B-= 82-84        C-= 72-74      D-= 62-64

Honor Code:
Students are reminded that a failure to do all of their own research and writing would be a violation of the University Honor Code and could result in disciplinary action by the School of Journalism and Mass Communication. For comprehensive information on the Honor Code, go to the UNC-CH Student Judicial System web site at

To learn how to avoid plagiarism, students should go to the university's Honor System Plagiarism site at:, or to The Writing Center's Plagiarism site at:

Students may also go to the "Avoiding Plagiarism" site at the University of California-Davis at: .


Introduction to the course
Understanding DuBois' concept of "double consciousness"
Aug. 31; Sept. 5

Wilson, et. al., chapter 1 (pp. 3-34)
Web Site:
DuBois, W.E.B., The Souls of Black Folk Read: "The Forethought," and "Of Our Spiritual Strivings"

Evaluation Tools: Critiquing and Analyzing Media and Culture
Sept. 7

Wilson, chapter 2 (pp. 35 - 61)
Gillespie, Nick. ""The audiences's power over media's message" (the debate over the effects of pop culture and TV)," Reason, Feb. 1, 1996

Minorities in Media
Sept. 12, 14, 19
Wilson, chapters 3, 4, 5, 6, 7 (pp. 65-168)
"Ethnic Notions"

Native Americans and the Media
Sept. 21, 26, 28
[Sept. 21: Exam # 1 Due]

"Pictures of our Nobler Selves" (History of news media contributions)
"Native American Media," History of the Mass Media in the United States An Encyclopedia, Margaret A. Blanchard, ed. Electronic Reserves
"The Battle at Elderbush Gulch" (1913)
"Iolaís Promise" (1912), D.W. Griffith
Web Site:
Lone Ranger Page (See Web TV "Tonto Tells All")
Optional Reading:
The White Manís Indian, Robert F. Berkhofer

African Americans and the Media
Oct. 3, 5, 10, (Oct. 12, University Day, no class 10 am - 1 pm) Oct. 17

"African American Media," History of the Mass Media in the United States An Encyclopedia, Margaret A. Blanchard, ed. Electronic Reserves
"Anatomy of a Controversy," (Critique of the "Amos 'n' Andy" TV show).
Web Sites:
Uncle Remus (Background & sample stories from Univ. of Va. site)
Bamboozled Again, and Again, Harry Amana.
African-American Sheet Music 1850-1920 ("Coon-show" stereotypes in early theater).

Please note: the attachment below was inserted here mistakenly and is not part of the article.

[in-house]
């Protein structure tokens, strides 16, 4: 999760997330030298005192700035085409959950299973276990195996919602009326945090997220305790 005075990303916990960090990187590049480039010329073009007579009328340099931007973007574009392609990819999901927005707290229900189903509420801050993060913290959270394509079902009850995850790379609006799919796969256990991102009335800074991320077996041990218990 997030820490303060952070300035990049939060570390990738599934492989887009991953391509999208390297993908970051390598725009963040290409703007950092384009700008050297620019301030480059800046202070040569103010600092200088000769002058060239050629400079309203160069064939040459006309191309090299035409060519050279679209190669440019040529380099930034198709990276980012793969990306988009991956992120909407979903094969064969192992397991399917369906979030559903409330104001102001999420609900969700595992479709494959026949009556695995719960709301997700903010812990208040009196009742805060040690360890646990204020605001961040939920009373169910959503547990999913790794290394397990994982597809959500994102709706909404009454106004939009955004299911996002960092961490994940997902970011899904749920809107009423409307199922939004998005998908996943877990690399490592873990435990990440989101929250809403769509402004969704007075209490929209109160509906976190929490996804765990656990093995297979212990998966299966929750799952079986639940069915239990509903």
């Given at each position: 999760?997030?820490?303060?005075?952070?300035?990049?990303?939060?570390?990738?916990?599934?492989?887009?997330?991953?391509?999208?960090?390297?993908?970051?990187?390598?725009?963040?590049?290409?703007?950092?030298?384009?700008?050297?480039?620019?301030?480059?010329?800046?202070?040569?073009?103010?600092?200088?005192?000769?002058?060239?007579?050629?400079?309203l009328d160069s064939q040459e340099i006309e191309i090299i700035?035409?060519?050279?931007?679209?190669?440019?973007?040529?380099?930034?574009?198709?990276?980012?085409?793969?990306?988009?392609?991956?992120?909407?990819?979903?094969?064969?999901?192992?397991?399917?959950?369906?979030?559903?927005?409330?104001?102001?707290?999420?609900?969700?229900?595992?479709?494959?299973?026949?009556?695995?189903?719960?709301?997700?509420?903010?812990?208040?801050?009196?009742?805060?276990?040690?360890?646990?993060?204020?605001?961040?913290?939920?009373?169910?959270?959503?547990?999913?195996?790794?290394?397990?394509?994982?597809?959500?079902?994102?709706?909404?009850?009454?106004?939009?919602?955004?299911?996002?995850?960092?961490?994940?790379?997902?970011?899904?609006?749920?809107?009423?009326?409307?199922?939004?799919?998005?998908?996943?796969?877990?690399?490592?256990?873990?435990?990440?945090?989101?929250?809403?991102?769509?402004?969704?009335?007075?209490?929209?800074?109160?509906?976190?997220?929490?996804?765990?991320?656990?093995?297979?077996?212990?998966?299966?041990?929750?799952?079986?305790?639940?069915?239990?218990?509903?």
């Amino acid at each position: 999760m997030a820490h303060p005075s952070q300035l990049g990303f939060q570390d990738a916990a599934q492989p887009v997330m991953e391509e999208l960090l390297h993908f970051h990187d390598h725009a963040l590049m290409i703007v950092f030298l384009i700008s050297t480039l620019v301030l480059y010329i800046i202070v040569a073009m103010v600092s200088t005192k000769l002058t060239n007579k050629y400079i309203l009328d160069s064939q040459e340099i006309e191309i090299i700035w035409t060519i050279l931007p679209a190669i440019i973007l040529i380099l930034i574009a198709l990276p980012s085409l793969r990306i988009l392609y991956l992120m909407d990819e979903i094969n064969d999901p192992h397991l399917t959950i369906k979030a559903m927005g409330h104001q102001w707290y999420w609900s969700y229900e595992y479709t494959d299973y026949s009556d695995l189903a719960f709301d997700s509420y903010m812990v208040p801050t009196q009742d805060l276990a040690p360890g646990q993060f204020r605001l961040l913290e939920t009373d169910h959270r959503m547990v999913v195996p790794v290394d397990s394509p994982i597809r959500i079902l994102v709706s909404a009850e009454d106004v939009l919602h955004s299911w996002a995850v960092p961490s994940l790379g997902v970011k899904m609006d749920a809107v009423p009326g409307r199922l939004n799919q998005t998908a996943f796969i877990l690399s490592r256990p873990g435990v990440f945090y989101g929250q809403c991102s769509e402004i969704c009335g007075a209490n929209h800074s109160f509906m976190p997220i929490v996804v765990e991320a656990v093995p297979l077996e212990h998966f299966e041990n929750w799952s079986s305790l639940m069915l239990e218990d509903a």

Amos 'n' Andy (Web Page by an admirer).
Optional Readings
Split Image: African Americans in the Mass Media, Jannette I. Dates & William Barlow
The Devil Finds Work, James Baldwin.
Prime Time Blues: African Americans on Network Television, Donald Bogle
Toms, Coons, Mulattoes, Mammies and Bucks: An interpretive history of Blacks in American films, Donald Bogle
Unlikely Couples: Movie Romance as Social Criticism, Thomas E. Wartenberg

Latino/Latina Americans and the Media
Oct. 19, 24, 26, 31

Woll, Allen I. "Hollywood's Good Neighbor Policy. The Latin Image In American Film, 1939-1946," Journal of Popular Film, 3 Fall 1975, pp. 278-293
Electronic Reserves
"Hispanic Media," History of the Mass Media in the United States An Encyclopedia, Margaret A. Blanchard, ed. Electronic Reserves
Cisco Kid episode
Web Sites:
(Cisco Kid and Pancho):
"Double Trouble" (A 26-minute TV film on RealPlayer)
"Ransom" (A 25-minute radio show on ReadAudio)
Optional Readings
Latin Looks: Images of Latinas and Latinos in the U.S. Media, Clara E. Rodriguez
Images of the Mexican American in Fiction and Film, Arthur G. Pettit.

Asian Americans and the Media
Nov. 2, 7, 9, 14
[Nov. 2: Exam # 2 Due]

B Marchetti, Gina. "Broken Blossoms: Sexual Perversity and Spiritual Salvation," Romance and the "Yellow Peril": Race, Sex, and Discursive Strategies in Hollywood Fiction. Electronic Reserves

Spoehr, Luther W. "Sambo and the Heathen Chinee: Californiansí Racial Stereotypes in the Late 1870s," Pacific Historical Review, 2d Sev. 42 (1973) pp. 185-204 Electronic Reserves

"Asian American Media," History of the Mass Media in the United States An Encyclopedia, Margaret A. Blanchard, ed. Electronic Reserves
"Broken Blossom: or, The Yellow Man and the Girl" (1919), D.W. Griffith
Charlie Chan clips.
Web Sites:
Charlie Chan proverbs (Soundbites of Chan reciting "proverbs")
The Fiendish Fu Manchu (Seven 10-minute radio shows)
Optional Readings
Orientals: Asia Americans in Popular Culture, Robert G. Lee

Arab Americans and the Media
Nov. 16, 21, 23 [Thanksgiving Recess begins 1 pm]

100 Questions and Answers about Arab Americans: A Journalist's Guide, Detroit Free Press
Shaheen, Jack G. "The Hollywood Arab (1984-1986)," Journal of Popular Film and Television Electronic Reserves

Optional Readings
Split Vision: Arab Portrayal in the American Media, Edmund Ghareeb, editor
The TV Arab, Jack Shaheen

Strategies for Dealing With Racially Insensitive Media
Nov. 28, 30

Wilson, chapters 8, 9, 10, 11 (pp. 191-290)
"News media and the disorders," National Advisory Commission on Civil Disorders (Chapter 15) Electronic Reserves

21st Century Challenges and Opportunities
Dec. 5, 7
Wilson, chapter 12
Graduate-student presentations